Why should students investigate contemporary science topics—and not just "settled" science?
- Teachers should at least at times engage students in investigations of contemporary science and engineering topics.
- District staff and PD providers should communicate with teachers about instructional materials, community resources, and projects focused on contemporary STEM topics.
- School Leaders should support the teaching of contemporary investigations by forming relevant partnerships and locating resources.
What is the Issue?
Students are frequently asked to investigate "settled" science topics and to simply confirm what is already known, but they can learn "basic science" through contemporary topics. The integration of contemporary scientific problems into K-12 instruction can give learners exciting ways to learn and apply disciplinary core ideas of science, engage purposefully in the science and engineering practices, and even make meaningful contributions to science, engineering and/ or their communities through their investigations.
KATIE VAN HORNE AND PHILIP BELL
- What current topics in science interest you? How do they relate to learning goals in NGSS?
- To what degree are students conducting authentic science investigations in your classroom? What can be done to help students see scientific knowledge developed and applied to real world problems?
- Contemporary science is in the news, interesting, and often applicable to students' lives. How can you incorporate timely, interesting, and relevant topics in your teaching? How can you highlight connections, assign readings, or teach through contemporary investigations?
Things to Consider
- Contemporary science relies on the core science and engineering practices of the NRC Framework—and others—to investigate the world. Students who participate in such scientific efforts iteratively and collaboratively engage in STEM practices that help them understand, communicate, and contribute to scientific research— and to see it as a cumulative, social, and creative enterprise.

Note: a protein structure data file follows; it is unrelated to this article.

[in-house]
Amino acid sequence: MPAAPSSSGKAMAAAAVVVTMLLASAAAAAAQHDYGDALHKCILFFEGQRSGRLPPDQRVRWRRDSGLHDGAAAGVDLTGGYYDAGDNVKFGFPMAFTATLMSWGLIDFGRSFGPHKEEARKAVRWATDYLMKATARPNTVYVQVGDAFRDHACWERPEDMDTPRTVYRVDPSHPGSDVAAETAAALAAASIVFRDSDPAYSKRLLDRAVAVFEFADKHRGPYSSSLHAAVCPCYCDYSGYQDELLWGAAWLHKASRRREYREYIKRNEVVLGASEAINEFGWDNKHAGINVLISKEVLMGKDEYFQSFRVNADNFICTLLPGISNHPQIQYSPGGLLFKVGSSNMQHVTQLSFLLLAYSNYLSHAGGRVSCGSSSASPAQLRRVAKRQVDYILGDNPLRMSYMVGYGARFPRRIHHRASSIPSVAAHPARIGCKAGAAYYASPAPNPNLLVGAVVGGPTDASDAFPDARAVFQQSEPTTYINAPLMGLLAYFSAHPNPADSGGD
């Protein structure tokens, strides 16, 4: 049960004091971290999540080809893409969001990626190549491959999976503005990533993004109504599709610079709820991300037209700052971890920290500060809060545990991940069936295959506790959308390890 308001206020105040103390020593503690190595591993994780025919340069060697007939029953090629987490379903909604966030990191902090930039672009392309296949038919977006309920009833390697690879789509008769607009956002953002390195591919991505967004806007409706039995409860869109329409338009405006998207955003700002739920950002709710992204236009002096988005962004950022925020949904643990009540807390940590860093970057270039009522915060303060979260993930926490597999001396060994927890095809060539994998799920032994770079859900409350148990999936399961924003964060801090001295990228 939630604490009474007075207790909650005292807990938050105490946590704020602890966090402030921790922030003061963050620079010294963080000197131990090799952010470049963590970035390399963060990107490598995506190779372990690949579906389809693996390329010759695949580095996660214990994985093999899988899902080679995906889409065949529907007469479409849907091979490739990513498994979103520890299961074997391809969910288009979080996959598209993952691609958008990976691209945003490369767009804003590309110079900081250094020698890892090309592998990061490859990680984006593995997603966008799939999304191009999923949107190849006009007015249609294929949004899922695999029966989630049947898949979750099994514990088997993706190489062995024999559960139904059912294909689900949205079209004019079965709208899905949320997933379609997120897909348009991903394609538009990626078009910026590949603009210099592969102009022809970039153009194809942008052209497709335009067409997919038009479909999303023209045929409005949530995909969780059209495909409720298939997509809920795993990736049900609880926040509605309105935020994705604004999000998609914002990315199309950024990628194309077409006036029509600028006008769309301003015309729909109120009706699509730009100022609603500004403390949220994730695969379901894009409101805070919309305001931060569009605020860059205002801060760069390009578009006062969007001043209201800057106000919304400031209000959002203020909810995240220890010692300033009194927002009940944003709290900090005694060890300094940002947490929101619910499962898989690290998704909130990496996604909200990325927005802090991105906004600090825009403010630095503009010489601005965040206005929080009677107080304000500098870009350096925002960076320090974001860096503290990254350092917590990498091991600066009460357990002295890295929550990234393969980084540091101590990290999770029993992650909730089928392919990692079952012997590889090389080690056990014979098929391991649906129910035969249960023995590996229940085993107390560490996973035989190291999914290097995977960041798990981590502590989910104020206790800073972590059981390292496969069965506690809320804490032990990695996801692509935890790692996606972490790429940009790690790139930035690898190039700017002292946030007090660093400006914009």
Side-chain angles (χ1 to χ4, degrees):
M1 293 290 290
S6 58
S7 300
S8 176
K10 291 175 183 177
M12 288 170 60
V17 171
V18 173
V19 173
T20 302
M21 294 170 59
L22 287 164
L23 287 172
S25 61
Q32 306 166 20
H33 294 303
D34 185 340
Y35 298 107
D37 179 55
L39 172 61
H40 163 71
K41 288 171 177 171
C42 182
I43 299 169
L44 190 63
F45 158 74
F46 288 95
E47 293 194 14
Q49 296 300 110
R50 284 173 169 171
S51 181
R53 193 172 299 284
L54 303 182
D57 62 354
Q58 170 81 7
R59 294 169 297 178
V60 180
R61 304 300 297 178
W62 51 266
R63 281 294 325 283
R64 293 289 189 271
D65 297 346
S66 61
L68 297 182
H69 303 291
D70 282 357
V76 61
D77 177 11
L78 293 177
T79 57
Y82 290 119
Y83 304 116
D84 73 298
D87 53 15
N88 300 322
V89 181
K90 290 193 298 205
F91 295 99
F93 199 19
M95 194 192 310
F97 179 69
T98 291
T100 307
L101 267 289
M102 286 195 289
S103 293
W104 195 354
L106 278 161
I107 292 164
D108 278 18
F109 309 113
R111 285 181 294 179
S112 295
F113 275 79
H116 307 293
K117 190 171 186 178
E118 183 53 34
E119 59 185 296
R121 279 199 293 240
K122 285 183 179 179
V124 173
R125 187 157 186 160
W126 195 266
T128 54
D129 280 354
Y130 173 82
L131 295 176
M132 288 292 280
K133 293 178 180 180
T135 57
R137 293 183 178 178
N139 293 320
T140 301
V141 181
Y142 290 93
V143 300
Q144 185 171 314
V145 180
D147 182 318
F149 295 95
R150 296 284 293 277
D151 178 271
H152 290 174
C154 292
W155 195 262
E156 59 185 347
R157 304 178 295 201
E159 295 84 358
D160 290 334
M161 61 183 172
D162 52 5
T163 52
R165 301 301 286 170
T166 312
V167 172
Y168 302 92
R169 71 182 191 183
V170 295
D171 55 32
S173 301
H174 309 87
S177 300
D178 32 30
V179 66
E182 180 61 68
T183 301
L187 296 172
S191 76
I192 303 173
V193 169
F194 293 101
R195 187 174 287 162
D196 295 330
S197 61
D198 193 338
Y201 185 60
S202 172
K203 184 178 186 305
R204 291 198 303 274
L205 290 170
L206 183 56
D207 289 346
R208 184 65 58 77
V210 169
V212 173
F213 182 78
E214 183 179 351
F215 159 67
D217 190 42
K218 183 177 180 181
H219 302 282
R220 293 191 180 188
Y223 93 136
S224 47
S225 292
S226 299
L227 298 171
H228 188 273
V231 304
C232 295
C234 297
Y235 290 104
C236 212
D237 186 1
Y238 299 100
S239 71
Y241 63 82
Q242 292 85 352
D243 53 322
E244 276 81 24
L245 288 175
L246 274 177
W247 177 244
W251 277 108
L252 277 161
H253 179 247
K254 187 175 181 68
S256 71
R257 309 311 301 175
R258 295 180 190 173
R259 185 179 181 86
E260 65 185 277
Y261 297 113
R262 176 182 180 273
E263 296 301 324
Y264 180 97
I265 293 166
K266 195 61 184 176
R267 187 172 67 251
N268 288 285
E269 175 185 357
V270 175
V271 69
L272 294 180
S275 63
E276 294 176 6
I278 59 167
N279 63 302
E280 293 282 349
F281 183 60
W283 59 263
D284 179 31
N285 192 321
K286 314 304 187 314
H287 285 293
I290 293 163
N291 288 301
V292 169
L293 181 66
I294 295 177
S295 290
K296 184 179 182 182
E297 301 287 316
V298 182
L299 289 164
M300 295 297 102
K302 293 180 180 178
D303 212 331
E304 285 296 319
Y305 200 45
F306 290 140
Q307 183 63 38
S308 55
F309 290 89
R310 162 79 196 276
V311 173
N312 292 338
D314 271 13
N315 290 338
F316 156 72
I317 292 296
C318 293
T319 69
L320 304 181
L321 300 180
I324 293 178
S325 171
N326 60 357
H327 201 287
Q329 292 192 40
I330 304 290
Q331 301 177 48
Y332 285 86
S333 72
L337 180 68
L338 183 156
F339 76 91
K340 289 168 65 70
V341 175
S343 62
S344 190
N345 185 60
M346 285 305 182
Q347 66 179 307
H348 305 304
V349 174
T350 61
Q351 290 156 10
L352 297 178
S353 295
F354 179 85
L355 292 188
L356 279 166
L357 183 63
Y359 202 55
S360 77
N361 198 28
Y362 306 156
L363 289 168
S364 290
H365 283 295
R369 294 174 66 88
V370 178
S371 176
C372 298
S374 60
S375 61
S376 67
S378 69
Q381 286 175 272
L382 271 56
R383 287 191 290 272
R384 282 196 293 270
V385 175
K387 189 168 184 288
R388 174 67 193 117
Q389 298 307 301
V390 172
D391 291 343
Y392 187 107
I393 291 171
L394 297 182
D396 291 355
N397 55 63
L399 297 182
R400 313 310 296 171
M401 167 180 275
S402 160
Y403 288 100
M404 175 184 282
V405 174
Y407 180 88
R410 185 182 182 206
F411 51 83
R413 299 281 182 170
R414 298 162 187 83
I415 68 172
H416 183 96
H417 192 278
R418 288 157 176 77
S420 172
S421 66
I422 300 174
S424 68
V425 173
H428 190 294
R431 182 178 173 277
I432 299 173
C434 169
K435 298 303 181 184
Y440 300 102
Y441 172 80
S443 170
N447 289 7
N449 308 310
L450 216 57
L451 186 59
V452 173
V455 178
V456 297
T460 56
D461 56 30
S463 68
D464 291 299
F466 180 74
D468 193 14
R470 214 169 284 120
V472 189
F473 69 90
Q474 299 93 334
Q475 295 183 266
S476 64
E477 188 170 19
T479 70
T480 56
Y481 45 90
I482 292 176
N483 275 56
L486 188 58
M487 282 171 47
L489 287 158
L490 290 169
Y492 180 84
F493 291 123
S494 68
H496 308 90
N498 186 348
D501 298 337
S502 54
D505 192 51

- Scientific fields are quickly expanding, but the topics of science instruction are typically fixed. Bringing contemporary science topics into the classroom can help students recognize the broad utility of scientific practices, how disciplinary core ideas and cross-cutting concepts relate to current research, the many roles for science in society, and the active and dynamic aspects of scientific work.
- Practice-focused instruction on contemporary topics (e.g., projectbased instruction) helps students appreciate and contribute to the edge of scientific understanding. It helps them make a personal connection, identify with science, and appreciate that practices are fluid and complex—and don't follow rigid, prescribed steps.
- Contemporary science is increasingly interdisciplinary; scientists from disparate fields collaborate to work on complex problems. In contrast, different school subjects are often presented in isolation. Engaging students in contemporary problems rooted in real scientific questions allows them to experience the extensive connections between fields—in keeping with the spirit of NGSS.
Attending to Equity
- All students are entitled to learn about contemporary science and engage in authentic investigations. By involving all learners in making contributions to contemporary scientific fields, their knowledge about and influence on science is expanded.
- Students can use contemporary science issues to address their own interests or needs in their communities, making science more engaging and meaningful than "confirmatory lab" instruction.
Recommended Actions You Can Take
- Online videos and science news feeds are a great resource for kicking off contemporary science in the classroom (e.g., social network analysis of disease transmission). Start small and expand over time.
- Get ideas about contemporary topics for your classroom by talking with a local scientist or engineer, exploring science news articles and web sites, and asking students about issues in their communities.
- Consider involving students in a citizen science project.
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